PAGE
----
Majority Black venture capital firm announces $110 million fund to invest in entrepreneurs of color
A majority Black venture capital firm, helmed by a technology veteran, a Hollywood producer, and a former mayor of Washington, D.C., is leading a new $103 million fund to seed young companies started by people of color.
MaC Venture Capital, based in Los Angeles and Silicon Valley, is the result of a 2019 merger between Cross Culture Ventures, founded by Marlon Nichols, and M Ventures, co-founded by Adrian Fenty, Michael Palank and Charles D. King, who was the first Black partner at a major Hollywood talent agency. It has already invested in 25 companies.
The firm’s philosophy: Women and people of color should be represented in the business and cultural life of the nation, particularly in the tech industry that drives so much innovation and so much of the economy.
“We want to get as close to a crystal ball as possible,” Nichols told USA TODAY in an interview. “If human behavior is driving everything, then we should look at which of these emerging trends will be the new social norm.”
MaC Venture Capital belongs to a new wave of venture capital firms and a new generation of venture capitalists shaking up the status quo.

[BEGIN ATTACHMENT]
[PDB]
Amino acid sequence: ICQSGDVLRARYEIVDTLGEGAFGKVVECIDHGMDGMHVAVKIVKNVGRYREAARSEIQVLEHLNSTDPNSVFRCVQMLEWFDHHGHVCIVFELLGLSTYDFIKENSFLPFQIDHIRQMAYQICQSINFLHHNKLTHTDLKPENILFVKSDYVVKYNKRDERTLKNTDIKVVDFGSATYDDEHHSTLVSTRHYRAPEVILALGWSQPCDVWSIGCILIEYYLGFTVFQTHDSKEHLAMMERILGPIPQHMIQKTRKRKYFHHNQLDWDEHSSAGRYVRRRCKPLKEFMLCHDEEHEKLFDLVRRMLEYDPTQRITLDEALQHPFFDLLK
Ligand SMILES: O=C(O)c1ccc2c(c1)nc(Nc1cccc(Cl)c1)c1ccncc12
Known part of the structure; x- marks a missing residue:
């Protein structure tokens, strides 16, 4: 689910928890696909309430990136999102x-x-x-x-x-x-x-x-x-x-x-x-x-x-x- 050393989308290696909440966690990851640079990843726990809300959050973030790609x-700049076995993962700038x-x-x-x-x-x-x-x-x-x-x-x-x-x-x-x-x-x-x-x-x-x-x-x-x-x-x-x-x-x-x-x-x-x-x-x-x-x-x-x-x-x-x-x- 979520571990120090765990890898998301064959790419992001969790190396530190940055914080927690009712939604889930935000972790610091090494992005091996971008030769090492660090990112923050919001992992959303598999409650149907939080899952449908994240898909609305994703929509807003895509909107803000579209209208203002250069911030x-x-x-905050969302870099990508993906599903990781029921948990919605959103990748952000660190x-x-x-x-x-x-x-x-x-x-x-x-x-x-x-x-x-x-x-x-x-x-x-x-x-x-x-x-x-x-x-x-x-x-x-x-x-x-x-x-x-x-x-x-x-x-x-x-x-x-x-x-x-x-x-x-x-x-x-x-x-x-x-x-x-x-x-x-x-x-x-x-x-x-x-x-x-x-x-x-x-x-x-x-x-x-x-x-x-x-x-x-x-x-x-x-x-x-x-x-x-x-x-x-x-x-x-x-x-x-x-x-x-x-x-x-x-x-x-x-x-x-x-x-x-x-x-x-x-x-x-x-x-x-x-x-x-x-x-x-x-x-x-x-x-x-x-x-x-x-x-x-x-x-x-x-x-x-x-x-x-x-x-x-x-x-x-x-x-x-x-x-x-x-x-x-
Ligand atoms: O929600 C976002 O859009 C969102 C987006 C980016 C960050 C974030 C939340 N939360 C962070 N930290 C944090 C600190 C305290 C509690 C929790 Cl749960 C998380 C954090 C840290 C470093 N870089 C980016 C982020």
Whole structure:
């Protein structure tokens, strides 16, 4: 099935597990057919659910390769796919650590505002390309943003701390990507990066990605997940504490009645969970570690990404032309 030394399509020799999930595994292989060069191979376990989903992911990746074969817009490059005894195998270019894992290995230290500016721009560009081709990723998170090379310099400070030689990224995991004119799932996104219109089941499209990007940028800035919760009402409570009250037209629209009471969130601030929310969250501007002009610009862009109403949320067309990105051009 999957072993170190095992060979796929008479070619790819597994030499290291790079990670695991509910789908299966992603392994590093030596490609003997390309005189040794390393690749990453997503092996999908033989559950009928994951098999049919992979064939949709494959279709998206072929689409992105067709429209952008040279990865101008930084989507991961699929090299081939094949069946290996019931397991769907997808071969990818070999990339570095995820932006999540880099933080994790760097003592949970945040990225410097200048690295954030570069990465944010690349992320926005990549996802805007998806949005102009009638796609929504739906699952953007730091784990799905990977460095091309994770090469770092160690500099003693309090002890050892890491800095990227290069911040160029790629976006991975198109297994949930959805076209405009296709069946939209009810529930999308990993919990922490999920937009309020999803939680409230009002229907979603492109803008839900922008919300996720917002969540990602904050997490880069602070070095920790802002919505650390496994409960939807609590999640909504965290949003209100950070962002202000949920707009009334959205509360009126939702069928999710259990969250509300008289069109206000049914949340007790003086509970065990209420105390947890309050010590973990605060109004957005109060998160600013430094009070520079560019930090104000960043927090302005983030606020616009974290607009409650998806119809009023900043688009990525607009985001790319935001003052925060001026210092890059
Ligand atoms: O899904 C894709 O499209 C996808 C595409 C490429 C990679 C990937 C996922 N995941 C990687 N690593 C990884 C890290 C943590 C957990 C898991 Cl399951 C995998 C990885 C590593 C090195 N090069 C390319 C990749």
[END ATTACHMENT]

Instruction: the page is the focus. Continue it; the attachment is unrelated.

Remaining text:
These investors don’t invest exclusively in entrepreneurs of color but make sure entrepreneurs from diverse backgrounds who’ve been largely overlooked by venture capitalists get an equal shot at Silicon Valley success.
Among those championing a more diverse set of entrepreneurs are Plexo Capital’s Lo Toney, Backstage Capital’s Arlan Hamilton, Equal Ventures’ Richard Kerby and Precursor Ventures’ Charles Hudson.
With the new fund, MaC Venture Capital says it will make 40 investments, with an average investment of $1 million. Limited partners include Foot Locker, Goldman Sachs, Bank of America, and Howard University.
“It’s important to approach the investing game without bias,” Nichols said.
The vast majority of entrepreneurs who land venture capital funding are white men, much like the financiers who hand it out. Venture capitalists tend to place their bets on people who’ve already succeeded or who remind them of the people who have.
Black and Hispanic entrepreneurs face significant hurdles – insular networks, negative stereotypes, and racial discrimination. A tiny fraction of start-ups led by people of color attract venture dollars.
For example, despite gains, Black women and Latinas combined make up less than 1% of all venture capital investment, a recent study by Digitalundivided, a nonprofit that supports female entrepreneurs of color, found.
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